Cynthia Nixon In Wit: My Review

Categories: Theater

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Margaret Edson's Pulitzer-winning 1995 play Wit finally makes it to Broadway in a Lynne Meadow-directed production starring Cynthia Nixon as a poetry professor named Vivian Bearing who's bearing a lot, actually.

Vivian has been diagnosed with Stage IV ovarian cancer, and as she embarks on eight rounds of chemo, she's drolly noticing that her medical helpers are a little chilly and clinical, much as she's been in her entire teaching career (though at least she knows what "soporific" means).

Nixon enters, addressing the audience in a hospital gown, a baseball cap, and an IV, and it doesn't feel like ideal casting because it seems to take work for her to pull off the hauteur and remoteness. It feels like someone playing a role.

But once she's fully immersed in Vivian's challenges, Nixon digs under her skin and takes it to commanding extremes, whether offering mordant observations, dissecting word meanings, screaming in pain, or yelping in resignation.

Also affecting is Suzanne Bertish as a teacher of Vivian's (seen in a flashback) who ends up cradling her former pupil on her deathbed and reading her a children's tale about a bunny making peace with his own existence.

And Carra Patterson is brilliantly understated as the nurse who offers Vivian an ice pop and some humanity before thuggish medics swarm in and step all over the moment.

Edson's play is full of provocative thought about literature, medicine, research, education, and mind-versus-body.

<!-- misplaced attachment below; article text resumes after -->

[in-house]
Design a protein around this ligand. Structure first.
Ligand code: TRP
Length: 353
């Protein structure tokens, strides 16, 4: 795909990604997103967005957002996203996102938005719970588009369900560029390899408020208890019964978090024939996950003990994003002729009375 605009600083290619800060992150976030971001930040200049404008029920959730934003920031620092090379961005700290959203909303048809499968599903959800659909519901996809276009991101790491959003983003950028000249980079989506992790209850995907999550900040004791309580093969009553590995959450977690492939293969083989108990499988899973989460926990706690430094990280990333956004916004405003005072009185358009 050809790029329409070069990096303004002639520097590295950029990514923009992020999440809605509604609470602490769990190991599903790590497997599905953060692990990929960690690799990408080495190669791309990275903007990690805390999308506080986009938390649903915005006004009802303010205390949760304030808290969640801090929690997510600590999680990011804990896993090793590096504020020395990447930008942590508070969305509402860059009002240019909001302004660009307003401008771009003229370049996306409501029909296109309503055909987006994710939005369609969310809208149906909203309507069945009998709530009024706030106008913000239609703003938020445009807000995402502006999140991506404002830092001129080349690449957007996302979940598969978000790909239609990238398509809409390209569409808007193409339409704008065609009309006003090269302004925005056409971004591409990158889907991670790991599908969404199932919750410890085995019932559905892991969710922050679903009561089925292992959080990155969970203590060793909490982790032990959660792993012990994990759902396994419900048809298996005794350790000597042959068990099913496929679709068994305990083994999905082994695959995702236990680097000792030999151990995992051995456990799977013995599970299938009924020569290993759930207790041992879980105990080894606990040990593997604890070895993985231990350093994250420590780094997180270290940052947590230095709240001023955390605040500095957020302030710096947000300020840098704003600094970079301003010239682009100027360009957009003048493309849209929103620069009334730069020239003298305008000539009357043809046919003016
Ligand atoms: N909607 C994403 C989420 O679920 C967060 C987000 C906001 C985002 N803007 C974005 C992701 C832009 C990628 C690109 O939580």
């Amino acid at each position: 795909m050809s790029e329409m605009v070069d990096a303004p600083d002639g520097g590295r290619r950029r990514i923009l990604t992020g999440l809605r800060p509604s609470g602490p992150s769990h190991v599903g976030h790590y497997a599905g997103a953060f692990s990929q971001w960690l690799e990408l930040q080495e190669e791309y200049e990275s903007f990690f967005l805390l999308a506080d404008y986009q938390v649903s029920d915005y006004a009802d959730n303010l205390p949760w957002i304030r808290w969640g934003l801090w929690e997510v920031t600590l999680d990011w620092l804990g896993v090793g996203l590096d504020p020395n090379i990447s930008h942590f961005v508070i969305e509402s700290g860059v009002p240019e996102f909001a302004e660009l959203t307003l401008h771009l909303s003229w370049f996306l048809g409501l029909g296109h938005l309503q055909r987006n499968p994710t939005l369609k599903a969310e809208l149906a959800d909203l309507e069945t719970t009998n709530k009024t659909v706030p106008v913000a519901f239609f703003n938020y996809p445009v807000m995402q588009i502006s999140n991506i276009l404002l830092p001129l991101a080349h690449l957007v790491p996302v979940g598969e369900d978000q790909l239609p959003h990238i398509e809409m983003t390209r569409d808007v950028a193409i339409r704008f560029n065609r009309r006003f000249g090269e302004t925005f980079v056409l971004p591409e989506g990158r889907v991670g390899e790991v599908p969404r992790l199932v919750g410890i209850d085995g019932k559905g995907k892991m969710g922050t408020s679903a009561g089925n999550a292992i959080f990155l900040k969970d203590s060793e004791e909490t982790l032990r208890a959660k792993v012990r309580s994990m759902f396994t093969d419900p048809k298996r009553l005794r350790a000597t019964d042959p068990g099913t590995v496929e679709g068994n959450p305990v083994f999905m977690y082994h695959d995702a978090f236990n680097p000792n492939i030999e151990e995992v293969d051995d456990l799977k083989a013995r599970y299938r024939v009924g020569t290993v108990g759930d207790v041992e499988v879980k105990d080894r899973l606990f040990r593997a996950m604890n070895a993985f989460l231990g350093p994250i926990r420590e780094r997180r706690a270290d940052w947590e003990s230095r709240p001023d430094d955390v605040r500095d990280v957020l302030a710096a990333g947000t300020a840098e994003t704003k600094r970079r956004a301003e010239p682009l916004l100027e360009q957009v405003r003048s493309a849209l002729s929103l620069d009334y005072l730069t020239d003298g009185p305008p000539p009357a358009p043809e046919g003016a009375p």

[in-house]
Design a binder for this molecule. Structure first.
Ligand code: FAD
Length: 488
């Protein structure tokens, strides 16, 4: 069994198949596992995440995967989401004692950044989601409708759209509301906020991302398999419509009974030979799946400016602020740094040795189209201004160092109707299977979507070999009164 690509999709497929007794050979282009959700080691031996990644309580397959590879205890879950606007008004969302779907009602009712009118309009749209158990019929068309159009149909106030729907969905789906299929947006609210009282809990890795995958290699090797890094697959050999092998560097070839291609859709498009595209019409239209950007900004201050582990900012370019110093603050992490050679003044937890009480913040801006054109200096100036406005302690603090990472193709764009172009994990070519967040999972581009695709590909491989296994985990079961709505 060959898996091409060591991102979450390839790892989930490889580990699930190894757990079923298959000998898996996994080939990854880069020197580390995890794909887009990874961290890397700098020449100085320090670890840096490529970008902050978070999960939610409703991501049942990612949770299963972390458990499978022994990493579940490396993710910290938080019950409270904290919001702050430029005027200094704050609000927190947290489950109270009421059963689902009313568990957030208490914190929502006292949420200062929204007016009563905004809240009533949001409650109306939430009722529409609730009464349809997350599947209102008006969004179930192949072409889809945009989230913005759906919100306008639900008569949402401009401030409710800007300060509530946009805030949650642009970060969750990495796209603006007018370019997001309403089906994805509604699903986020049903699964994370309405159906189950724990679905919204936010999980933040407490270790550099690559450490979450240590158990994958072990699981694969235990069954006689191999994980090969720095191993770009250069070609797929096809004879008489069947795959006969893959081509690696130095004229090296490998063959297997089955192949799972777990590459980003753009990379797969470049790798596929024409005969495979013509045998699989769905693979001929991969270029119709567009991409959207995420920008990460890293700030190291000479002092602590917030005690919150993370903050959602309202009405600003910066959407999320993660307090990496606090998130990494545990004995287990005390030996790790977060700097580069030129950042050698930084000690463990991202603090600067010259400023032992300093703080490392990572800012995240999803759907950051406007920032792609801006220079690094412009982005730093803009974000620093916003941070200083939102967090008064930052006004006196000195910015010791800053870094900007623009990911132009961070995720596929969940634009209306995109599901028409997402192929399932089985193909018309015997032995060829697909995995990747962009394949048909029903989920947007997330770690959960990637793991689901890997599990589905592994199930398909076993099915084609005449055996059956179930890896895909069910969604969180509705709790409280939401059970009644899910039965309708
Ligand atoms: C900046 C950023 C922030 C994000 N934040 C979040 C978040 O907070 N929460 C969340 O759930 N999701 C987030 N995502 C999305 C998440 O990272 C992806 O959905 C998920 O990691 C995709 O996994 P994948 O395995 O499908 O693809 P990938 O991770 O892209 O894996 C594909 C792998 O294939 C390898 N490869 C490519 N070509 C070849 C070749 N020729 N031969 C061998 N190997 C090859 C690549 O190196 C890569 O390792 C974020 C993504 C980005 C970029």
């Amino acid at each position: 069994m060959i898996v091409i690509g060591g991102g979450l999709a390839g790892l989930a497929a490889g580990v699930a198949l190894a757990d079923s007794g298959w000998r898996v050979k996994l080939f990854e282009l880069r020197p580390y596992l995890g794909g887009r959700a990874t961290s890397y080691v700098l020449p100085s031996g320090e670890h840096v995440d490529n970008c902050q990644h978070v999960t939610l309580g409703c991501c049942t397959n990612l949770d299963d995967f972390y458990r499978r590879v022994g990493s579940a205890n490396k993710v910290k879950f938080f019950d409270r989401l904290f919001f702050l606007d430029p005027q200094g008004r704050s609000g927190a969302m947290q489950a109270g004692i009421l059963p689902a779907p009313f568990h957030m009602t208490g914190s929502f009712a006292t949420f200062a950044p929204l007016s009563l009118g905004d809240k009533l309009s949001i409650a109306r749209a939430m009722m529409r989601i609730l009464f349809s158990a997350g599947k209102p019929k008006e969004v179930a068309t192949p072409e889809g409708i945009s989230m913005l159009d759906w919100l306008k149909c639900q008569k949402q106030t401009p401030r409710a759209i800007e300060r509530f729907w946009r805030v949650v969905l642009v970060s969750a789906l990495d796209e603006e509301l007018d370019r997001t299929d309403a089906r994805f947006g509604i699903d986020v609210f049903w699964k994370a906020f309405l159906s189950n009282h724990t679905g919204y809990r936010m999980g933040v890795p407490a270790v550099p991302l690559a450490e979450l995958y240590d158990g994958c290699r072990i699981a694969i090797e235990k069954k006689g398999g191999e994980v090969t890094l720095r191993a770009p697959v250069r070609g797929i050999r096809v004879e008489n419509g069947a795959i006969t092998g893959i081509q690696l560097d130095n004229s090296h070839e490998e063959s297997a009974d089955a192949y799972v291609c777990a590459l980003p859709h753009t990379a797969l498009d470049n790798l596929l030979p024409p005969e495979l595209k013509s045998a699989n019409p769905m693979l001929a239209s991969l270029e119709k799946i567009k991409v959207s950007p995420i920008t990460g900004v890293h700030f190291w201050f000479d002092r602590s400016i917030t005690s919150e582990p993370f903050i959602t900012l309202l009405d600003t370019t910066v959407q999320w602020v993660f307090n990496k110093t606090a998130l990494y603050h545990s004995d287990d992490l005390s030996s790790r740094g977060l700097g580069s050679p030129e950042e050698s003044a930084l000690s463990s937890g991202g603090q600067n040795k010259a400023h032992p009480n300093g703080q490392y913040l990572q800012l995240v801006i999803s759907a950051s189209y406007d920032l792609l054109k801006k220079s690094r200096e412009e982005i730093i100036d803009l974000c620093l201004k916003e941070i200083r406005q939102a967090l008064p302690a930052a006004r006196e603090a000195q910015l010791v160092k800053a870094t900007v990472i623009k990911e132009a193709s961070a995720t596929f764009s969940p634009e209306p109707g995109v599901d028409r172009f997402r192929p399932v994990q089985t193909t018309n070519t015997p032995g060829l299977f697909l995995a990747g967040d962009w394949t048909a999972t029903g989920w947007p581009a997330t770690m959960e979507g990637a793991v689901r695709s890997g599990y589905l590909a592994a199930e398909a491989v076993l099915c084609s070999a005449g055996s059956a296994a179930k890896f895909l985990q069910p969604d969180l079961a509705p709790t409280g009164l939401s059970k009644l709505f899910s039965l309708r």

At the heart of the production, Cynthia Nixon winds up infusing Wit with an intelligence and feeling that give this dissertation on death the life it deserves.


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16 comments
Musto
Musto

By the way, doing this play was Cynthia's choice.

Southern Dave
Southern Dave

Patrick Dennis' Belle Poitrine said the word "soporific" had been coined to describe one of her films and several of her own performances. She assumed it combined the words "super" and "terrific."

Gregorama
Gregorama

Sounds like she does a fine job.  I'm afraid to go see it, for a strange reason:  When the 2001 television version of the play with Emma Thompson came out, I watched it--while on a promising first date.  I was so moved by it (especially the bunny book scene) that for the first--and only--time in my adult life, I started sobbing completely out of control!  I was so embarassed that I never saw the guy again...not that he was exactly ringing my phone off the hook!  I don't know why, but that play really struck something in me very profoundly...and I'd better not risk such a  fit of hysteria in public again.

Melinda9
Melinda9

She has a nice head. They did a piece on this on NPR last night and I know what you mean that when she first comes on stage she sounds awkward, but then later seems to find her voice. Desperately wish I could see it, but I'm broke.

mjm
mjm

I smell a Tony nom...

Corey Andrew
Corey Andrew

What a wonderful review.  I missed Judith Light in this play so this is a great chance to see finally.

Bwaybill
Bwaybill

Sounds like Cynthia's doing better as this teacher than she did as Jean Brodie.

Dar5
Dar5

Sounds amazing. I might try it if it's on TDF.

Cass Quinn
Cass Quinn

aaaaaaaahahahahhahahahaha. yeah, good one (sincerely).

Musto
Musto

In the play, Cynthia's character asks the nurse if a drug she's getting is a soporific. "I don't know," replies the nurse, "but it'll help you go to sleep." Funny moment.

Gregorama
Gregorama

I would ask you out on a date to go see it, Mel, but would you be prepared for the consequences?

Prezdent Obama
Prezdent Obama

I smell Cindy Nixon's fishy crotch!

...nit wit is more like it for dat bitch.

Jen
Jen

Well, the real hilarity is in someone calling themselves "tricky dick nixon" in 2012. REALLY WITTY STUFF!!

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